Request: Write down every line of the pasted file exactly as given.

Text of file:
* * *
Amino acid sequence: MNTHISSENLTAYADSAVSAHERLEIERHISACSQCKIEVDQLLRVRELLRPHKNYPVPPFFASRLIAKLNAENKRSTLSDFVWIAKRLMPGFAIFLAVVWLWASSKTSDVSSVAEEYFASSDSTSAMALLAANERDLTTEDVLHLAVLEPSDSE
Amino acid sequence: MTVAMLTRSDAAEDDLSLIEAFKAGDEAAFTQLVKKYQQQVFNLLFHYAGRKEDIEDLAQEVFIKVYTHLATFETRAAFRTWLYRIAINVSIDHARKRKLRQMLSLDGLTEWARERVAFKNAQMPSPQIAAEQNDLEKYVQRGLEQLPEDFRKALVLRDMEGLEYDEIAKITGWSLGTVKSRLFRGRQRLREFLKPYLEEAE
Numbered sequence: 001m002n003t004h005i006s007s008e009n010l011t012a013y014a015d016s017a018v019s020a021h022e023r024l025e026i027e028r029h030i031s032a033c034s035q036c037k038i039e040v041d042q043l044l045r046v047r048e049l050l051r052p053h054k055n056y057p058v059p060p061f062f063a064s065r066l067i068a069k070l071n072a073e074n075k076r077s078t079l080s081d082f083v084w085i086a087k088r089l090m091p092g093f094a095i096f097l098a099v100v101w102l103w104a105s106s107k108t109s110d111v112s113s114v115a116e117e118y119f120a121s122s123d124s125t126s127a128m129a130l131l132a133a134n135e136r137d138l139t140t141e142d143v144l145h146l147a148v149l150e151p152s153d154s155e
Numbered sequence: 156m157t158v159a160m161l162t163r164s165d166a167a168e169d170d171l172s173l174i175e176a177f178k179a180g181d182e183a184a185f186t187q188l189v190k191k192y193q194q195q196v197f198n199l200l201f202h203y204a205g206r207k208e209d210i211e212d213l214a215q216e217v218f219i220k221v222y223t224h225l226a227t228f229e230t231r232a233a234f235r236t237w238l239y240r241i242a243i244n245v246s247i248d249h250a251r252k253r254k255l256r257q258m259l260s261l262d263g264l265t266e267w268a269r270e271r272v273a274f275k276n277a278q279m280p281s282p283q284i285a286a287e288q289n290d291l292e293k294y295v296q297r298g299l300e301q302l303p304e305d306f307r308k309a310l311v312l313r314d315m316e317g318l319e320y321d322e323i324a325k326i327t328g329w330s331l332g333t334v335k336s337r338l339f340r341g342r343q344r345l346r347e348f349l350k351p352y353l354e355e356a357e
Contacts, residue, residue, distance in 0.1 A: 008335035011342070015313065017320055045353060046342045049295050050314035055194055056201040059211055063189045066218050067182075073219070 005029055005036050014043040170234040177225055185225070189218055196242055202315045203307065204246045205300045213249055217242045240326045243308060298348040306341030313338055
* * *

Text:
Amino acid sequence: MNTHISSENLTAYADSAVSAHERLEIERHISACSQCKIEVDQLLRVRELLRPHKNYPVPPFFASRLIAKLNAENKRSTLSDFVWIAKRLMPGFAIFLAVVWLWASSKTSDVSSVAEEYFASSDSTSAMALLAANERDLTTEDVLHLAVLEPSDSE
Amino acid sequence: MTVAMLTRSDAAEDDLSLIEAFKAGDEAAFTQLVKKYQQQVFNLLFHYAGRKEDIEDLAQEVFIKVYTHLATFETRAAFRTWLYRIAINVSIDHARKRKLRQMLSLDGLTEWARERVAFKNAQMPSPQIAAEQNDLEKYVQRGLEQLPEDFRKALVLRDMEGLEYDEIAKITGWSLGTVKSRLFRGRQRLREFLKPYLEEAE
Numbered sequence: 001m002n003t004h005i006s007s008e009n010l011t012a013y014a015d016s017a018v019s020a021h022e023r024l025e026i027e028r029h030i031s032a033c034s035q036c037k038i039e040v041d042q043l044l045r046v047r048e049l050l051r052p053h054k055n056y057p058v059p060p061f062f063a064s065r066l067i068a069k070l071n072a073e074n075k076r077s078t079l080s081d082f083v084w085i086a087k088r089l090m091p092g093f094a095i096f097l098a099v100v101w102l103w104a105s106s107k108t109s110d111v112s113s114v115a116e117e118y119f120a121s122s123d124s125t126s127a128m129a130l131l132a133a134n135e136r137d138l139t140t141e142d143v144l145h146l147a148v149l150e151p152s153d154s155e
Numbered sequence: 156m157t158v159a160m161l162t163r164s165d166a167a168e169d170d171l172s173l174i175e176a177f178k179a180g181d182e183a184a185f186t187q188l189v190k191k192y193q194q195q196v197f198n199l200l201f202h203y204a205g206r207k208e209d210i211e212d213l214a215q216e217v218f219i220k221v222y223t224h225l226a227t228f229e230t231r232a233a234f235r236t237w238l239y240r241i242a243i244n245v246s247i248d249h250a251r252k253r254k255l256r257q258m259l260s261l262d263g264l265t266e267w268a269r270e271r272v273a274f275k276n277a278q279m280p281s282p283q284i285a286a287e288q289n290d291l292e293k294y295v296q297r298g299l300e301q302l303p304e305d306f307r308k309a310l311v312l313r314d315m316e317g318l319e320y321d322e323i324a325k326i327t328g329w330s331l332g333t334v335k336s337r338l339f340r341g342r343q344r345l346r347e348f349l350k351p352y353l354e355e356a357e
Contacts, residue, residue, distance in 0.1 A: 008335035011342070015313065017320055045353060046342045049295050050314035055194055056201040059211055063189045066218050067182075073219070 005029055005036050014043040170234040177225055185225070189218055196242055202315045203307065204246045205300045213249055217242045240326045243308060298348040306341030313338055